Bar Hostess brings services to sex workers in the field. “We provide STI testing and counselling, peer education, legal services, advocacy services. We take all of our services to the hot spots and bring everything sex workers might need,” said Kayte.
Bar Hostess also participates in policy development at the national level. For example, they participated in the initial strategic plan of the AIDS National Council in 2010-2012. BHESP wanted to make sure they had a very strong understanding of the issues facing sex workers and other key populations in Kenya. “We made sure we were in the strategic plan right from the beginning,” said Peninah.
“Sex work is not legal in Kenya. Police always harass us and beat us up. They take us to the court. We are keeping their environment dirty. We have so many challenges,” said Kayte, “so at Bar Hostess we do a lot of advocacy work to change the situation for sex workers in Kenya,” she continued.
What were the biggest events or challenges Bar Hostess Empowerment and Support Programme has worked on in the past?
“One of our biggest challenges was and continues to be the law in Kenya. We worked with a women’s organisation called CREAW. We partnered with them and trained sex workers as paralegals. We were the first organisation in the whole of Africa to train sex workers as paralegals. We thought that being a prostitute was a crime in Kenya, but it is not. The police would strip search us and we would not argue against them. ‘He caught me in the bar so I am guilty,’ we used to think. We did not know the exact crime or what was written in the law. We did not know our rights. We used to make it very easy for the police because we always admitted we were guilty,” said Peninah.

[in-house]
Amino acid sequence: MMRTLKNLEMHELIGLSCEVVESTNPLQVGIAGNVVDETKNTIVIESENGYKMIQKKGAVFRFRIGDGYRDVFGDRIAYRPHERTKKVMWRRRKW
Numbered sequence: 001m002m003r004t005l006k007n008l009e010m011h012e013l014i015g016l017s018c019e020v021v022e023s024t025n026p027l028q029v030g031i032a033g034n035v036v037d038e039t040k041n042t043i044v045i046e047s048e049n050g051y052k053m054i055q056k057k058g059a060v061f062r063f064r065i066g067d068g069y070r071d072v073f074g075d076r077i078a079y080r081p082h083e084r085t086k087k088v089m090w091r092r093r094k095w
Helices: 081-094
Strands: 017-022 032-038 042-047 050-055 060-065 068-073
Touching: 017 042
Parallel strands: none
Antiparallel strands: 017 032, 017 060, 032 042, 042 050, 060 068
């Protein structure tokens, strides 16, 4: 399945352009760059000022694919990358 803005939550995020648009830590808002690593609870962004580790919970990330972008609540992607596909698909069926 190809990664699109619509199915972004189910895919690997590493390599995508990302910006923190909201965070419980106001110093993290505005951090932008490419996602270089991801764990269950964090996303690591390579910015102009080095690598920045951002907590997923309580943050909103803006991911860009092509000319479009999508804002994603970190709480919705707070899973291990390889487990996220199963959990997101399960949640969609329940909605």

To address this issue, BHESP with CREAW trained paralegals to advocate for sex workers when they are arrested. According to research by the Open Society Foundations, Bar Hostess “identified 18 peer educators who had demonstrated leadership and partnered with CREAW to train them on laws related to sex work, police arrest procedures, and guidelines for responding to and collective evidence of abuse. The paralegals are always on call, serving as the first point of contact for sex workers who need legal help”. Since 2010, sex workers have successfully challenged loitering charges and other municipal charges more than 60 times because the police failed to provide evidence of the offence.